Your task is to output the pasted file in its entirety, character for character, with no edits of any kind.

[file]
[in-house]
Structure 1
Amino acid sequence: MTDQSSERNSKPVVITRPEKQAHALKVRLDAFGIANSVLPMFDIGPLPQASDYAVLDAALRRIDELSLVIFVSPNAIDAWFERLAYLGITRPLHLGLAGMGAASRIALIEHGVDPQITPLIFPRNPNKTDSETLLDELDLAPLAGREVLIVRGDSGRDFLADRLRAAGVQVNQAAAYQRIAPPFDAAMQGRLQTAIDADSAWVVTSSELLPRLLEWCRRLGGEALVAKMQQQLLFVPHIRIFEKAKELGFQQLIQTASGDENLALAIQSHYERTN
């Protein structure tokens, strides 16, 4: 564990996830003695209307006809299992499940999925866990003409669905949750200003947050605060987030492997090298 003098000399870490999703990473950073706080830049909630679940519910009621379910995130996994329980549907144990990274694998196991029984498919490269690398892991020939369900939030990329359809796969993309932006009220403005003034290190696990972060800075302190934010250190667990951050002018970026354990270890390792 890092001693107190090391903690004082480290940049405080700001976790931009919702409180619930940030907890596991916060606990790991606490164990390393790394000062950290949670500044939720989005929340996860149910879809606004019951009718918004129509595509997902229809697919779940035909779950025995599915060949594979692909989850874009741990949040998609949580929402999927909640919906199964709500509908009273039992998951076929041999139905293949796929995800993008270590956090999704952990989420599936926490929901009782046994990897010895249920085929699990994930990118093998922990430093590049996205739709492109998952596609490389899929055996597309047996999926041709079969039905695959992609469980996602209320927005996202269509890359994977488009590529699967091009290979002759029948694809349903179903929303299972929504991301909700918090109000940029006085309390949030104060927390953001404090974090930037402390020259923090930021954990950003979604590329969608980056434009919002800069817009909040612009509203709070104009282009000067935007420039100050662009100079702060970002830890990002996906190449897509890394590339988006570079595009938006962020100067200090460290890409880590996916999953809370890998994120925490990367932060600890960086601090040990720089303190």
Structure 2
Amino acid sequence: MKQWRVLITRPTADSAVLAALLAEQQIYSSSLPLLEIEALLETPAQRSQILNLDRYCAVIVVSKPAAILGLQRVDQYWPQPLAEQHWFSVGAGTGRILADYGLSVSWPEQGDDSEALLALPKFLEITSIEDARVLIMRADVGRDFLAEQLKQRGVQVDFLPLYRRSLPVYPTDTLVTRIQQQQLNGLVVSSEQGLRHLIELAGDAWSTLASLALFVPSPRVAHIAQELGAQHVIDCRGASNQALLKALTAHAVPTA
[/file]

[in-house]
Structure 1
Amino acid sequence: MTDQSSERNSKPVVITRPEKQAHALKVRLDAFGIANSVLPMFDIGPLPQASDYAVLDAALRRIDELSLVIFVSPNAIDAWFERLAYLGITRPLHLGLAGMGAASRIALIEHGVDPQITPLIFPRNPNKTDSETLLDELDLAPLAGREVLIVRGDSGRDFLADRLRAAGVQVNQAAAYQRIAPPFDAAMQGRLQTAIDADSAWVVTSSELLPRLLEWCRRLGGEALVAKMQQQLLFVPHIRIFEKAKELGFQQLIQTASGDENLALAIQSHYERTN
């Protein structure tokens, strides 16, 4: 564990996830003695209307006809299992499940999925866990003409669905949750200003947050605060987030492997090298 003098000399870490999703990473950073706080830049909630679940519910009621379910995130996994329980549907144990990274694998196991029984498919490269690398892991020939369900939030990329359809796969993309932006009220403005003034290190696990972060800075302190934010250190667990951050002018970026354990270890390792 890092001693107190090391903690004082480290940049405080700001976790931009919702409180619930940030907890596991916060606990790991606490164990390393790394000062950290949670500044939720989005929340996860149910879809606004019951009718918004129509595509997902229809697919779940035909779950025995599915060949594979692909989850874009741990949040998609949580929402999927909640919906199964709500509908009273039992998951076929041999139905293949796929995800993008270590956090999704952990989420599936926490929901009782046994990897010895249920085929699990994930990118093998922990430093590049996205739709492109998952596609490389899929055996597309047996999926041709079969039905695959992609469980996602209320927005996202269509890359994977488009590529699967091009290979002759029948694809349903179903929303299972929504991301909700918090109000940029006085309390949030104060927390953001404090974090930037402390020259923090930021954990950003979604590329969608980056434009919002800069817009909040612009509203709070104009282009000067935007420039100050662009100079702060970002830890990002996906190449897509890394590339988006570079595009938006962020100067200090460290890409880590996916999953809370890998994120925490990367932060600890960086601090040990720089303190």
Structure 2
Amino acid sequence: MKQWRVLITRPTADSAVLAALLAEQQIYSSSLPLLEIEALLETPAQRSQILNLDRYCAVIVVSKPAAILGLQRVDQYWPQPLAEQHWFSVGAGTGRILADYGLSVSWPEQGDDSEALLALPKFLEITSIEDARVLIMRADVGRDFLAEQLKQRGVQVDFLPLYRRSLPVYPTDTLVTRIQQQQLNGLVVSSEQGLRHLIELAGDAWSTLASLALFVPSPRVAHIAQELGAQHVIDCRGASNQALLKALTAHAVPTA